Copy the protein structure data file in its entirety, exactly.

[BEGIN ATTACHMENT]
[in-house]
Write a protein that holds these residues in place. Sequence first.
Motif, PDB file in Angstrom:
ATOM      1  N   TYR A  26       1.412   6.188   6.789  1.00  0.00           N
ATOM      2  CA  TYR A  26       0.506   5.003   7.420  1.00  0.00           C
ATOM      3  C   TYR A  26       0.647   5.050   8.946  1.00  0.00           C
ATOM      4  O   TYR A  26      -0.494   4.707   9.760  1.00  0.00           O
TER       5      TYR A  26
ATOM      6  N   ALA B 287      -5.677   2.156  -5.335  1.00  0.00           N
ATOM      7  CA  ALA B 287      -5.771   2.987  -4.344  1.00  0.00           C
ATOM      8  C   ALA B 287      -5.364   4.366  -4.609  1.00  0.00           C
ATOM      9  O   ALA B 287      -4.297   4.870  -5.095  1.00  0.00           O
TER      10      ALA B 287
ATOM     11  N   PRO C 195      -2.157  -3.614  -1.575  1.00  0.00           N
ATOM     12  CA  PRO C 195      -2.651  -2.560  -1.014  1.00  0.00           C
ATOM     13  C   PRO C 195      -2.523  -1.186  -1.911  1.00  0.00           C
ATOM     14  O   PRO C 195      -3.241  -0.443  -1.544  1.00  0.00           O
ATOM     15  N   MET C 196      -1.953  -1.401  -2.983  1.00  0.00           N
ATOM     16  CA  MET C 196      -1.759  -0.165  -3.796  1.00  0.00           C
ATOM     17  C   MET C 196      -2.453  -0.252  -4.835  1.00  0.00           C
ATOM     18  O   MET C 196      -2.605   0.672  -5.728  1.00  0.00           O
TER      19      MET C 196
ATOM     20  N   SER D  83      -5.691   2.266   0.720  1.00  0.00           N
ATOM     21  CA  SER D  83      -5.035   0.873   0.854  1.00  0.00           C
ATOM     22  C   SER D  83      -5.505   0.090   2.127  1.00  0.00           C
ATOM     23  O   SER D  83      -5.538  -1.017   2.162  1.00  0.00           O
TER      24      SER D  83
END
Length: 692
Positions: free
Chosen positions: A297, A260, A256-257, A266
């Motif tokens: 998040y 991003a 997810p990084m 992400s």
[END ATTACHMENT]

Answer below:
[in-house]
Write a protein that holds these residues in place. Sequence first.
Motif, PDB file in Angstrom:
ATOM      1  N   TYR A  26       1.412   6.188   6.789  1.00  0.00           N
ATOM      2  CA  TYR A  26       0.506   5.003   7.420  1.00  0.00           C
ATOM      3  C   TYR A  26       0.647   5.050   8.946  1.00  0.00           C
ATOM      4  O   TYR A  26      -0.494   4.707   9.760  1.00  0.00           O
TER       5      TYR A  26
ATOM      6  N   ALA B 287      -5.677   2.156  -5.335  1.00  0.00           N
ATOM      7  CA  ALA B 287      -5.771   2.987  -4.344  1.00  0.00           C
ATOM      8  C   ALA B 287      -5.364   4.366  -4.609  1.00  0.00           C
ATOM      9  O   ALA B 287      -4.297   4.870  -5.095  1.00  0.00           O
TER      10      ALA B 287
ATOM     11  N   PRO C 195      -2.157  -3.614  -1.575  1.00  0.00           N
ATOM     12  CA  PRO C 195      -2.651  -2.560  -1.014  1.00  0.00           C
ATOM     13  C   PRO C 195      -2.523  -1.186  -1.911  1.00  0.00           C
ATOM     14  O   PRO C 195      -3.241  -0.443  -1.544  1.00  0.00           O
ATOM     15  N   MET C 196      -1.953  -1.401  -2.983  1.00  0.00           N
ATOM     16  CA  MET C 196      -1.759  -0.165  -3.796  1.00  0.00           C
ATOM     17  C   MET C 196      -2.453  -0.252  -4.835  1.00  0.00           C
ATOM     18  O   MET C 196      -2.605   0.672  -5.728  1.00  0.00           O
TER      19      MET C 196
ATOM     20  N   SER D  83      -5.691   2.266   0.720  1.00  0.00           N
ATOM     21  CA  SER D  83      -5.035   0.873   0.854  1.00  0.00           C
ATOM     22  C   SER D  83      -5.505   0.090   2.127  1.00  0.00           C
ATOM     23  O   SER D  83      -5.538  -1.017   2.162  1.00  0.00           O
TER      24      SER D  83
END
Length: 692
Positions: free
Chosen positions: A297, A260, A256-257, A266
């Motif tokens: 998040y 991003a 997810p990084m 992400s």